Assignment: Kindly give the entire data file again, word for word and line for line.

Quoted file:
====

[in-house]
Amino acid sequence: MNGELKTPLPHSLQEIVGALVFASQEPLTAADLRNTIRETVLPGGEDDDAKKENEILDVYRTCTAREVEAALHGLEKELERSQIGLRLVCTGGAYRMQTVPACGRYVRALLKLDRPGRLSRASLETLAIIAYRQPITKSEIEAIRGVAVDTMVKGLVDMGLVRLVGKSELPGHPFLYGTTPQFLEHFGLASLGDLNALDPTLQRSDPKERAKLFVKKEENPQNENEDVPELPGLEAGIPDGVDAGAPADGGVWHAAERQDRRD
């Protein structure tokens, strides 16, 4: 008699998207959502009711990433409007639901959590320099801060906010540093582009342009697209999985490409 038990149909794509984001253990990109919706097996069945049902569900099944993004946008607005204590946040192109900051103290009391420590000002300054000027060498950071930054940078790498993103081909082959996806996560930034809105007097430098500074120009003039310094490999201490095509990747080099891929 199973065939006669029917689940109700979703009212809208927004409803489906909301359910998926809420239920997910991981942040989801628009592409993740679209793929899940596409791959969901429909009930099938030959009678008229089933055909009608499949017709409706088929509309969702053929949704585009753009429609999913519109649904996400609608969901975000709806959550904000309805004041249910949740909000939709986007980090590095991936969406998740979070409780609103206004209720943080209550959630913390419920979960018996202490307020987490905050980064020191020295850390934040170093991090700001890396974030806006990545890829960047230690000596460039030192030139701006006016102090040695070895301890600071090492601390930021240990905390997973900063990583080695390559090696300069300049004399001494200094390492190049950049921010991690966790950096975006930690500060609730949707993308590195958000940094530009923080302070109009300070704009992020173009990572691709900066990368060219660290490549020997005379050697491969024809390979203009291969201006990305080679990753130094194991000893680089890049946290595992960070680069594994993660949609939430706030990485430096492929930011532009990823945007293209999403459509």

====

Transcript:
[in-house]
Amino acid sequence: MNGELKTPLPHSLQEIVGALVFASQEPLTAADLRNTIRETVLPGGEDDDAKKENEILDVYRTCTAREVEAALHGLEKELERSQIGLRLVCTGGAYRMQTVPACGRYVRALLKLDRPGRLSRASLETLAIIAYRQPITKSEIEAIRGVAVDTMVKGLVDMGLVRLVGKSELPGHPFLYGTTPQFLEHFGLASLGDLNALDPTLQRSDPKERAKLFVKKEENPQNENEDVPELPGLEAGIPDGVDAGAPADGGVWHAAERQDRRD
């Protein structure tokens, strides 16, 4: 008699998207959502009711990433409007639901959590320099801060906010540093582009342009697209999985490409 038990149909794509984001253990990109919706097996069945049902569900099944993004946008607005204590946040192109900051103290009391420590000002300054000027060498950071930054940078790498993103081909082959996806996560930034809105007097430098500074120009003039310094490999201490095509990747080099891929 199973065939006669029917689940109700979703009212809208927004409803489906909301359910998926809420239920997910991981942040989801628009592409993740679209793929899940596409791959969901429909009930099938030959009678008229089933055909009608499949017709409706088929509309969702053929949704585009753009429609999913519109649904996400609608969901975000709806959550904000309805004041249910949740909000939709986007980090590095991936969406998740979070409780609103206004209720943080209550959630913390419920979960018996202490307020987490905050980064020191020295850390934040170093991090700001890396974030806006990545890829960047230690000596460039030192030139701006006016102090040695070895301890600071090492601390930021240990905390997973900063990583080695390559090696300069300049004399001494200094390492190049950049921010991690966790950096975006930690500060609730949707993308590195958000940094530009923080302070109009300070704009992020173009990572691709900066990368060219660290490549020997005379050697491969024809390979203009291969201006990305080679990753130094194991000893680089890049946290595992960070680069594994993660949609939430706030990485430096492929930011532009990823945007293209999403459509």